When I was young, my grandmother tried to teach me to wink. After several unsuccessful attempts, I finally came up with my own version: blinking with both eyes at the same time. My parents, unaware of this lesson with my grandmother, took me to the doctor to have my eyes checked, but the mystery of why I was closing my eyes was not resolved. Later in life, my grandmother gradually lost her memory and was unable to recognize me. But on our last encounter she winked at me. This small gesture turned the whole situation around. She remembered me after all, and our little secret.
The wink of an eye may be a subtle gesture, but it has the capacity to completely change the essence of things. It can emphasise the humorous nature of a situation or introduce a whole new perspective. Kristján and Sigurdur Gudmundsson have in their art utilised the potential of the humorous approach, revealing the multifacetedness of things otherwise considered banal or simple and thereby offering a brand new perspective on them. I have approached the everyday life around me in a similar way.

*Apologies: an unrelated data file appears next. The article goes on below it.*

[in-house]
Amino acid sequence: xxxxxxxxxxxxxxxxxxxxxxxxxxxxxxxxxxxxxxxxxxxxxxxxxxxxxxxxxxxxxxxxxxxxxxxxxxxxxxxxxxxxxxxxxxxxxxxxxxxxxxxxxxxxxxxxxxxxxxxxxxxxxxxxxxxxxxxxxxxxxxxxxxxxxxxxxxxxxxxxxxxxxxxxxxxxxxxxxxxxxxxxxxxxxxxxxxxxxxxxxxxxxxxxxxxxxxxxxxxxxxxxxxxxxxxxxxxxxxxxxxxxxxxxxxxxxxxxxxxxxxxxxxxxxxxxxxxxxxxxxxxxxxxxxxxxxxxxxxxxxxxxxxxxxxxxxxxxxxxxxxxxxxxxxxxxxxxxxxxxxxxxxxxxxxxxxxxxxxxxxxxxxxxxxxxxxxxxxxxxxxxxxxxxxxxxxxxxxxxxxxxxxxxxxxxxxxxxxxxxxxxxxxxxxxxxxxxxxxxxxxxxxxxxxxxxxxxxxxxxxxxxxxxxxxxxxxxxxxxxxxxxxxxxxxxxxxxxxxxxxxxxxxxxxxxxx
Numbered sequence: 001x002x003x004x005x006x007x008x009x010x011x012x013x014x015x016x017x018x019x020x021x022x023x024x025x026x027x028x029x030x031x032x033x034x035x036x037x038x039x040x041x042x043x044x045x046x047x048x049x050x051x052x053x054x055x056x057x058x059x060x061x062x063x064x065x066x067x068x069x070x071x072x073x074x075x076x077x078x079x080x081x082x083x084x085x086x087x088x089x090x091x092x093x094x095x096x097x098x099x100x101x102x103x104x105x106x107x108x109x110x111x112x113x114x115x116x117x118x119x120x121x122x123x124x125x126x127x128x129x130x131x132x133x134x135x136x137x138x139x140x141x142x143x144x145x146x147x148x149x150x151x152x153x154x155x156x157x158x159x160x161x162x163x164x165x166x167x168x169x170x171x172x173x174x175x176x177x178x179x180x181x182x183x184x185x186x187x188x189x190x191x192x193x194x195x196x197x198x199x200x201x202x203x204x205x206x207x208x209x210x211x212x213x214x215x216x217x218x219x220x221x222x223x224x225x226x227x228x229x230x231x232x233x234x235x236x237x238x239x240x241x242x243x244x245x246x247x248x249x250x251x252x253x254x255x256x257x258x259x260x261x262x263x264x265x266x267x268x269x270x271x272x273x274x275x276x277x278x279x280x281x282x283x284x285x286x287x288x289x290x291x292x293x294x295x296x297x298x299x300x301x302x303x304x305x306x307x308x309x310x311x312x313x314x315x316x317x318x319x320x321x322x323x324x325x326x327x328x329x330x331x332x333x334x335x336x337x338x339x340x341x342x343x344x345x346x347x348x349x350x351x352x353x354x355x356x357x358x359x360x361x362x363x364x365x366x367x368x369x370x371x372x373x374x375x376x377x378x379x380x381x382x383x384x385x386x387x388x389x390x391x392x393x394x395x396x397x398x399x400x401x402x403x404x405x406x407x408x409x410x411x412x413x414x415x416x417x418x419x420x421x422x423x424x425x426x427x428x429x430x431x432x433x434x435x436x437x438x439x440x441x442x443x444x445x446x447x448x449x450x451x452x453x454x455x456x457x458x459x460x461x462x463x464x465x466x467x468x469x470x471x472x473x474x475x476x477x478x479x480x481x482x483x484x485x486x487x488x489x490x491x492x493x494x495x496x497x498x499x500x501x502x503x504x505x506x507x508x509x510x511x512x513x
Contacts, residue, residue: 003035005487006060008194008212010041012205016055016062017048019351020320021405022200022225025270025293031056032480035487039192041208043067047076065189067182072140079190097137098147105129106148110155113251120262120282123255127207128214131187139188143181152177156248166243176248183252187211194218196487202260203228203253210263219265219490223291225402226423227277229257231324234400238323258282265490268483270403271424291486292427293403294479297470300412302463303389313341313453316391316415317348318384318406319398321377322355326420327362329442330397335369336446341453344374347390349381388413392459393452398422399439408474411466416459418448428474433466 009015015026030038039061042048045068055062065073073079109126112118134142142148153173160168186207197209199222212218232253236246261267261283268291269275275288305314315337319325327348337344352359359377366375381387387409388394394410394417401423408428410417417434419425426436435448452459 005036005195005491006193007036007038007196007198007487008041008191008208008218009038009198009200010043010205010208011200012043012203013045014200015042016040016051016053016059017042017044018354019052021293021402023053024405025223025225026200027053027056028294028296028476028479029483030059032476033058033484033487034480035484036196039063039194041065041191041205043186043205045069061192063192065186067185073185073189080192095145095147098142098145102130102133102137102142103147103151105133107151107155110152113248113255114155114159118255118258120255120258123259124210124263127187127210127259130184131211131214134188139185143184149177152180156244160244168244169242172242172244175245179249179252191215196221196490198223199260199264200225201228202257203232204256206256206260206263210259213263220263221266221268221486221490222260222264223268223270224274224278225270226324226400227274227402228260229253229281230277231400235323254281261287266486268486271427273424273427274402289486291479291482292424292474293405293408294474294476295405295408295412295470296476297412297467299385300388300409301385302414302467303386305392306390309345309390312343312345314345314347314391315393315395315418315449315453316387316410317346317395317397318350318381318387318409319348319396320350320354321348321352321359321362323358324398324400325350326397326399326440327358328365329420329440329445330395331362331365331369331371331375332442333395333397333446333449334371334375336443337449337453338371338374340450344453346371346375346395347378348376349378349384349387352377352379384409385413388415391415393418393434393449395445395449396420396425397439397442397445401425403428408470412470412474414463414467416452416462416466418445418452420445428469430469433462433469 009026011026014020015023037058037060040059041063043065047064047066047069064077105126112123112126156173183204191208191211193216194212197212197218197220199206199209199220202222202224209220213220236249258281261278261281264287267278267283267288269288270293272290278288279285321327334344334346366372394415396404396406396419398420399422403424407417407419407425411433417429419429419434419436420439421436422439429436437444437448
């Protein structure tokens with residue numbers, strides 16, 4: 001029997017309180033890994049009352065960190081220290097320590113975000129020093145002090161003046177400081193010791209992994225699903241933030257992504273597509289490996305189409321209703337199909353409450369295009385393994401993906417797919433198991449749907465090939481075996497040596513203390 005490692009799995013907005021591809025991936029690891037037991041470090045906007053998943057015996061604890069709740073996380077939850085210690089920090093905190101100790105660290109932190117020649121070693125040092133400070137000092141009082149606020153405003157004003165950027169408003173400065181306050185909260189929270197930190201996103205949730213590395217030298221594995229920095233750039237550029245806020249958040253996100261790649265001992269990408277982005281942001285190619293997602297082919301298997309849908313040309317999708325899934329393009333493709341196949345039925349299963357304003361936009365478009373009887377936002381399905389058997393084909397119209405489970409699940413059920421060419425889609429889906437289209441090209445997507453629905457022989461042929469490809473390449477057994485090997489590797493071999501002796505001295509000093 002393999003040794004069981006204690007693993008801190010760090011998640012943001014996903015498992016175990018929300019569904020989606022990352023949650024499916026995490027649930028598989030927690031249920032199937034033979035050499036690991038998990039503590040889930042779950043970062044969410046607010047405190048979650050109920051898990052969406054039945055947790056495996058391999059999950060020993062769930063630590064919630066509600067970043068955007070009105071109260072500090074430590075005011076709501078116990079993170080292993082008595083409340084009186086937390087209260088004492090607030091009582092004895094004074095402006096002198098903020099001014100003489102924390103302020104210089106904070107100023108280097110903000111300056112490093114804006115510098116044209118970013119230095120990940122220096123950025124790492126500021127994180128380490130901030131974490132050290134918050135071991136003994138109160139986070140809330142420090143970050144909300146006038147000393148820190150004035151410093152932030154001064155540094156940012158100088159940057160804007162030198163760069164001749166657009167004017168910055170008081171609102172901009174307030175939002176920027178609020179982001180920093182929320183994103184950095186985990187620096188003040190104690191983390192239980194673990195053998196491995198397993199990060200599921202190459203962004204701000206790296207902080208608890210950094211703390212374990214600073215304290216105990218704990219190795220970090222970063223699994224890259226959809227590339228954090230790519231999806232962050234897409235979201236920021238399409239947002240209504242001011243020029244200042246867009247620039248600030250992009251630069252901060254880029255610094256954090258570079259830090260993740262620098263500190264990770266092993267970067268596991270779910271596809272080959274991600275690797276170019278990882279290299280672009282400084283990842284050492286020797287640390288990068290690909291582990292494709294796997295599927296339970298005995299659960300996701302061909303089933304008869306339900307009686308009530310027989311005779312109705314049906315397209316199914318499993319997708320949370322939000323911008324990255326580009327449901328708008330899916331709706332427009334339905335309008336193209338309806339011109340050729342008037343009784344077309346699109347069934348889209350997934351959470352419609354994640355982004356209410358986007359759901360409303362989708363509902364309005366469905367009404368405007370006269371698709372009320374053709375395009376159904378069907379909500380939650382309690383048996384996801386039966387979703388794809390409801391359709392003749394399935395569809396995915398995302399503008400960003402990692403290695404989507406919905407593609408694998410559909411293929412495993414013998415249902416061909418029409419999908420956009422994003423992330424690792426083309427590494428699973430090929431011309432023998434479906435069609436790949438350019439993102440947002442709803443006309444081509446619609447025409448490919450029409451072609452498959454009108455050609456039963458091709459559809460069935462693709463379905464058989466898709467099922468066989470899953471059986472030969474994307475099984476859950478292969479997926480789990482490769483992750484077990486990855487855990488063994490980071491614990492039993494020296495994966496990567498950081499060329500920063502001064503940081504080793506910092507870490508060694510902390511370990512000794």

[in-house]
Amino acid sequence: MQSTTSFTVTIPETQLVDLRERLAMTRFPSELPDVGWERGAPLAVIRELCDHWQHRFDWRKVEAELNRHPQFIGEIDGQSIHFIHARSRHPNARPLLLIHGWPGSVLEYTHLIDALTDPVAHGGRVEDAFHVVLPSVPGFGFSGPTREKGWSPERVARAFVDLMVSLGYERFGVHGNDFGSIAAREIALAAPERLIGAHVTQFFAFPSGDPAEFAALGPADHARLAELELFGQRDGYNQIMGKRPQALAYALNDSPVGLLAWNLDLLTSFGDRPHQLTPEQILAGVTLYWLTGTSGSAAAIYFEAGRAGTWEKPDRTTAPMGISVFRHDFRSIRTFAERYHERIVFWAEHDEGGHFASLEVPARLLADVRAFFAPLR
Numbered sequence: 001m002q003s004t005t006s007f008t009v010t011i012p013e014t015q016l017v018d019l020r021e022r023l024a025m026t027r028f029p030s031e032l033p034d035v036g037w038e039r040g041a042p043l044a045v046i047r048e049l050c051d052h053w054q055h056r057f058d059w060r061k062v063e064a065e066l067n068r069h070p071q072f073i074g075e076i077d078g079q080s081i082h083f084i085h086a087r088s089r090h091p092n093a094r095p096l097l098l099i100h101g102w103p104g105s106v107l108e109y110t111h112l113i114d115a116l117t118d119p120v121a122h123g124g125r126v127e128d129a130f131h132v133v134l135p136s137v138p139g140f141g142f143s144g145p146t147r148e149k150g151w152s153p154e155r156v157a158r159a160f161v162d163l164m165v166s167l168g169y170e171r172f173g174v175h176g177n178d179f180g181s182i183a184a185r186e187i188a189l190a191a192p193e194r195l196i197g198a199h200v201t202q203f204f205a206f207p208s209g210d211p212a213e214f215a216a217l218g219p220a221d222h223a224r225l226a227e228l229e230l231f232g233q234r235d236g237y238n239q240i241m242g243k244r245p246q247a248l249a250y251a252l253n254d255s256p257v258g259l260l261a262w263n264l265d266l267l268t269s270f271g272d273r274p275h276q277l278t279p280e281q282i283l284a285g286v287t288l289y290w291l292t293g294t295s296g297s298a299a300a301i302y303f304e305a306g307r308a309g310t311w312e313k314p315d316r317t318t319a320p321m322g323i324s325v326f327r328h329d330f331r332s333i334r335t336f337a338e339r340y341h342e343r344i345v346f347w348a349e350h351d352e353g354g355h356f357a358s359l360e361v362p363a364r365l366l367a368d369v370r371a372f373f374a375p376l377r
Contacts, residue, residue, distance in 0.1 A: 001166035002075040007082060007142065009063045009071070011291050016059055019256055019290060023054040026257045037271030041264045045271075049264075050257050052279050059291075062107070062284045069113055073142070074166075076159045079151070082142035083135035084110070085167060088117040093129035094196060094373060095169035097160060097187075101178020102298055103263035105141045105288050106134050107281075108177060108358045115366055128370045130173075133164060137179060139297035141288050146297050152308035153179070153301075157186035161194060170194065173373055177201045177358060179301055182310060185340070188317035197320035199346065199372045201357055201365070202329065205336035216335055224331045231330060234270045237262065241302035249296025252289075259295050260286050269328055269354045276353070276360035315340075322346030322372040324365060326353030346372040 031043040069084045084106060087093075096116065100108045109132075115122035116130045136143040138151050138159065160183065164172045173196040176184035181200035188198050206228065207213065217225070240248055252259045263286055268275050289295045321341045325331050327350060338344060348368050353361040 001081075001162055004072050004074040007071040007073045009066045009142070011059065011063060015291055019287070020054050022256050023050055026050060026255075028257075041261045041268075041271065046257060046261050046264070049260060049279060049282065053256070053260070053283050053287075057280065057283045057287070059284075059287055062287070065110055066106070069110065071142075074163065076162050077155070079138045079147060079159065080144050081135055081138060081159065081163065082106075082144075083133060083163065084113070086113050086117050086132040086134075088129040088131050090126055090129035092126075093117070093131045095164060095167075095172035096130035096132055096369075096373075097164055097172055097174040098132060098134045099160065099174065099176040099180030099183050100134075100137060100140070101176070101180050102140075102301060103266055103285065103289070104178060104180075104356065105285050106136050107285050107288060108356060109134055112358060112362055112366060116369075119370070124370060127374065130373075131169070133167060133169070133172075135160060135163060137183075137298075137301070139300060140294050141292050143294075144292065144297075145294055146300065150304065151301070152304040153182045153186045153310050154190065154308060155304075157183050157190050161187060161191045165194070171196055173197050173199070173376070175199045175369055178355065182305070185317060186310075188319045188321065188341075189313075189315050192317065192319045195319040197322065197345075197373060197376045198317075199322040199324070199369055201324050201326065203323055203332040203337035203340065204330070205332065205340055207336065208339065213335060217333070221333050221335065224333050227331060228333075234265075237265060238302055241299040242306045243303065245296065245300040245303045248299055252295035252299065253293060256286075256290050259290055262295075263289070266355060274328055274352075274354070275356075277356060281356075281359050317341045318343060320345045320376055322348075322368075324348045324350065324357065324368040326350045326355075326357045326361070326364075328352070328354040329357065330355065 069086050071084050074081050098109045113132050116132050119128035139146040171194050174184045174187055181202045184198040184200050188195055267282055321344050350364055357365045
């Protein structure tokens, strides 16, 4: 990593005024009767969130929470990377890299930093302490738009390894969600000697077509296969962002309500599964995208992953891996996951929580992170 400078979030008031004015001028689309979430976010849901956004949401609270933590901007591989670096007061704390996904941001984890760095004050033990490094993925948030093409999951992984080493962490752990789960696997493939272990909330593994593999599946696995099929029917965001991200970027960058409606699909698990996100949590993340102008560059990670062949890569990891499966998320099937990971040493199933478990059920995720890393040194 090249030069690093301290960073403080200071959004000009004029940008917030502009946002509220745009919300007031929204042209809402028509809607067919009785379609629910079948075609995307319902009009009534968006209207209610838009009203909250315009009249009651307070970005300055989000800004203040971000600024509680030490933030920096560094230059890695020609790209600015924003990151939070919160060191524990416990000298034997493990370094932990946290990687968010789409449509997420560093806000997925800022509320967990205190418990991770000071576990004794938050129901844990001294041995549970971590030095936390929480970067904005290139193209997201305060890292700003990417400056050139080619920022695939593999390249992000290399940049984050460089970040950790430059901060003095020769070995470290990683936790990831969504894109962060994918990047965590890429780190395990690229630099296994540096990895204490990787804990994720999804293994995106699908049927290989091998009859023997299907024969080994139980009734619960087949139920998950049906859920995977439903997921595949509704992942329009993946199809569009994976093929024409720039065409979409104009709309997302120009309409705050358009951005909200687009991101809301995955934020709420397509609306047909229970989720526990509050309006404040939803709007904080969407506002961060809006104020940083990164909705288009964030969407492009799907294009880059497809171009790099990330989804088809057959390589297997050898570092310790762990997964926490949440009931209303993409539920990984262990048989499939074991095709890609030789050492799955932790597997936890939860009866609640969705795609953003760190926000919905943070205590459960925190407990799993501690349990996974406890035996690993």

At the core of my work is the notion of reversing things. What can be turned? To turn around, to turn back time, to turn out... In the House Project (1974), the conceptual artist Hreinn Fridfinnsson turned a whole house inside out, revealing its interior on the outer walls and thus offering a whole new perspective on everyday life. This gesture of turning is also my starting point. I, too, disclose different experiences for external inspection.
My works are based on unspoken family secrets and whispers around them. I am interested in the stories hiding within the domestic walls. With my works I approach the private sphere and life from a different, even humorous, point of view. A secret can contain simultaneously both a heavy and a light streak, as in the story of me learning to wink. My goal is to take up how humour can facilitate reviewing the lived life and also to reveal secrets of my own: Yes, I have hugged a cactus!